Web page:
What Are Charter Schools?
As the 2015-2016 school year begins, charter schools serve over 7% of U.S K-12 students in 42 states. Charter schools are public schools operating under a “charter” – essentially a contract entered into between the school and its authorizing agency providing the school with significant operational autonomy in exchange for performance. The autonomy granted under the charter agreement allows the school considerable decision-making authority over key matters of curriculum, personnel, and budget. Charter schools are often not part of the state’s current districts and therefore have large if any zoning limits. In exchange, the charter school is subject to periodic performance review and may be closed for failing to meet agreed upon outcomes.
Each of the 42 state statutes enabling charter schools are unique but share a few common features that derive from charter schools being public schools. Charter schools must be non-discriminatory in admissions, serve all students including those with disabilities, and partake in their state's testing and accountability systems. Each statute also establishes the entities that serve as charter school authorizers. Authorizers can be state education agencies, local school districts, higher education institutions or other designated entities. Authorizers are the agencies that grant the “charter” in response to an applicant seeking to open a charter school and perform ongoing charter school oversight duties as required by law.
Charter applicants can take many forms as provided under state law such as groups of parents or charter school management organizations. The charter application itself provides detailed information as to the schools intended student population, governance structure, budget and other elements required to establish and operate a public school. The authorizer oversees its schools for the duration of the charters. Charter schools receive public dollars on a per pupil basis that may approximate funding applicable for local district schools depending on the state.. Funding is a pressing issue for many. Charter schools must secure funds to cover startup and other costs not faced by traditional schools. Acquiring a facility can be a great challenge. There are many philanthropic, state, and federal grant programs to assist with these costs.
Governance is a core element of any charter school’s operation. The most common model of charter school board governance might be thought of as a sort of combination between school district boards of education (without local elections) and non-profit boards (though not generally private). In nearly all states, charter schools are required to be not-for-profit and abide by open-record laws during board meetings.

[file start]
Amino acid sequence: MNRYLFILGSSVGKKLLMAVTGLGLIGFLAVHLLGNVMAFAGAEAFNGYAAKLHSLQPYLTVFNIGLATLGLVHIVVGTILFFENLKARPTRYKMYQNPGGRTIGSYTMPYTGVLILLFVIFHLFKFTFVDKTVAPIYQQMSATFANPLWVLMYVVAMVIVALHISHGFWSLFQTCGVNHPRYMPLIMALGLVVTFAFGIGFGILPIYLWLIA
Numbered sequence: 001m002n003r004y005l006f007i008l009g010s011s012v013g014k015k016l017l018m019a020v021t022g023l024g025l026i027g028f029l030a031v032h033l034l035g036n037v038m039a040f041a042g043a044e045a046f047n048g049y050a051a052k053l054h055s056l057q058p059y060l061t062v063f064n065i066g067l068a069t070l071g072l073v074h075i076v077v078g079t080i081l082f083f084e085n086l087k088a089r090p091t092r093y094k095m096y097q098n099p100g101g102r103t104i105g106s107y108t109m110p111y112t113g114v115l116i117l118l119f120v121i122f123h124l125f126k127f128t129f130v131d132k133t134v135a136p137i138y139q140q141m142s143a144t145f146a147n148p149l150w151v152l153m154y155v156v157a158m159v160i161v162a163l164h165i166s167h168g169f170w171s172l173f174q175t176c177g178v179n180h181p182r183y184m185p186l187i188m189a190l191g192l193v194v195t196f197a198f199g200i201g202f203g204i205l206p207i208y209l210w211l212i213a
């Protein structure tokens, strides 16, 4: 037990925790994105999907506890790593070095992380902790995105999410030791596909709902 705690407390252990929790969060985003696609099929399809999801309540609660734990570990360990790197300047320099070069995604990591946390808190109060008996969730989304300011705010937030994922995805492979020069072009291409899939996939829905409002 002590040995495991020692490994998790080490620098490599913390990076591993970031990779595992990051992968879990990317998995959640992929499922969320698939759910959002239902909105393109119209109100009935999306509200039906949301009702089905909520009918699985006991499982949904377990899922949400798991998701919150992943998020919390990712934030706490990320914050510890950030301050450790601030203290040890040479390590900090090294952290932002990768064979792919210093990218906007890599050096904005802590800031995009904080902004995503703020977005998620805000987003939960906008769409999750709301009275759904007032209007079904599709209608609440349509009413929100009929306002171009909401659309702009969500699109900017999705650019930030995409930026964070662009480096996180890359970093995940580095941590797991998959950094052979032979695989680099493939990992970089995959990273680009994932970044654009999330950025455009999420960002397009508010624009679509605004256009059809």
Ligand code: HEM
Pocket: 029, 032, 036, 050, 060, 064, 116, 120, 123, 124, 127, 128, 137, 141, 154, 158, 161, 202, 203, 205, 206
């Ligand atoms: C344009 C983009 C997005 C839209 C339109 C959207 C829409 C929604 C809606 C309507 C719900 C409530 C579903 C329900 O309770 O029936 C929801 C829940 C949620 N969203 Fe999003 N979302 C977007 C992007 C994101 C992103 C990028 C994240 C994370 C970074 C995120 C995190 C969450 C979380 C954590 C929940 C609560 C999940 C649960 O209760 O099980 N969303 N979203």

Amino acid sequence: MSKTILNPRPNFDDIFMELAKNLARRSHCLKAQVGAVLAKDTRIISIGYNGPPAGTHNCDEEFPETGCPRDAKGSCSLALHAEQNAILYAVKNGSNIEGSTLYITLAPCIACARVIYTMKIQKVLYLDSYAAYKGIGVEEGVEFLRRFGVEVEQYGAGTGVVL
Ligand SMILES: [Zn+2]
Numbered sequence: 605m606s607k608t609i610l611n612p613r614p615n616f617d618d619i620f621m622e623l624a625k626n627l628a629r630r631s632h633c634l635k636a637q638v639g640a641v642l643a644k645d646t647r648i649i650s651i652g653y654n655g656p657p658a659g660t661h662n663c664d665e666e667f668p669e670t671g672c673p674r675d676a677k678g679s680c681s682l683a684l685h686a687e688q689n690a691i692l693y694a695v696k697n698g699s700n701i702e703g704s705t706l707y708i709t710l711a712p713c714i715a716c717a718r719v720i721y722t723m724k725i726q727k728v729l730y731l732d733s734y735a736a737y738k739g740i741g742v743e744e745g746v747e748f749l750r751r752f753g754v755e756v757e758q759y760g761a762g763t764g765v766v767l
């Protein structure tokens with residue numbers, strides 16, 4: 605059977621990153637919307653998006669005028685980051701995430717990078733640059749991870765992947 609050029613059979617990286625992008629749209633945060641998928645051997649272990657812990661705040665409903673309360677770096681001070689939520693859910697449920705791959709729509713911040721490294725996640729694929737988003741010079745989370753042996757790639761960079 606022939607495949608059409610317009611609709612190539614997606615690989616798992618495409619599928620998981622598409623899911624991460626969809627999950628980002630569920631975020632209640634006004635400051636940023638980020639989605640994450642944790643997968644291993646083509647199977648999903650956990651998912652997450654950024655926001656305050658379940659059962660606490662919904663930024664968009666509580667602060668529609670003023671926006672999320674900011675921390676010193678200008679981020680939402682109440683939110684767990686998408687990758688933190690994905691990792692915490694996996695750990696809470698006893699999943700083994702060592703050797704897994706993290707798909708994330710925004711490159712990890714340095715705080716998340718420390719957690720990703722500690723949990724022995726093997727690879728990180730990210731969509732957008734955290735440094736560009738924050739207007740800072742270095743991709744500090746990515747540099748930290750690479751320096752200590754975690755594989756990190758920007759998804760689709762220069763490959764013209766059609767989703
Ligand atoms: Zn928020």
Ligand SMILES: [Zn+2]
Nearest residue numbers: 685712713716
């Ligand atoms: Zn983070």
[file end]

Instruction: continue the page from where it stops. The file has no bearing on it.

The first charter school opened in Minnesota in 1992. Charter schools have grown in number every year since then. There is a wide array of charter school types. Charter schools may be specialized, either as to their programmatic focus (such as a STEM academy) or students served (prior drop-outs), though many simply serve mainstream populations with a distinct academic approach. There are charter schools in all sorts of settings – rural, urban, and suburban – and even online charter schools providing distance-learning opportunities. Some charter schools operate as neighborhood schools, having “turned-around” or “converted” traditional district school. Charter-district collaboration, which usually takes the form of a charter school within a traditional school in the same building, has become more prevalent. These collaborations create a relationship by which charter schools and traditional school districts can learn from each other.
Although there are some charter schools that have achieved remarkable results with students, the nationwide academic results of charter schools are inconclusive. Some recent studies have shown the average charter school student outperforms her peer in traditional schools; older studies have found no difference. Student achievement in charter schools is complex topic that was recently covered at length by the National Charter School Resource Center (NCSRC) here.
The NCSRC exists to assist all charter schools in achieving their goals. Funded by the US Department of Education, the NCSRC began operating in 2010 and is a comprehensive collection of the information needed to build top-notch charter schools. Our thousand-plus resources, from reports on serving certain student populations to video case studies profiling high-performing schools, are meant to promote best practices. With 7% of the K-12 student population, charter schools have a big part to play in improving K-12 student outcomes and the NCSRC is here to help. As you navigate the website, please do not hesitate to contact us with any questions.
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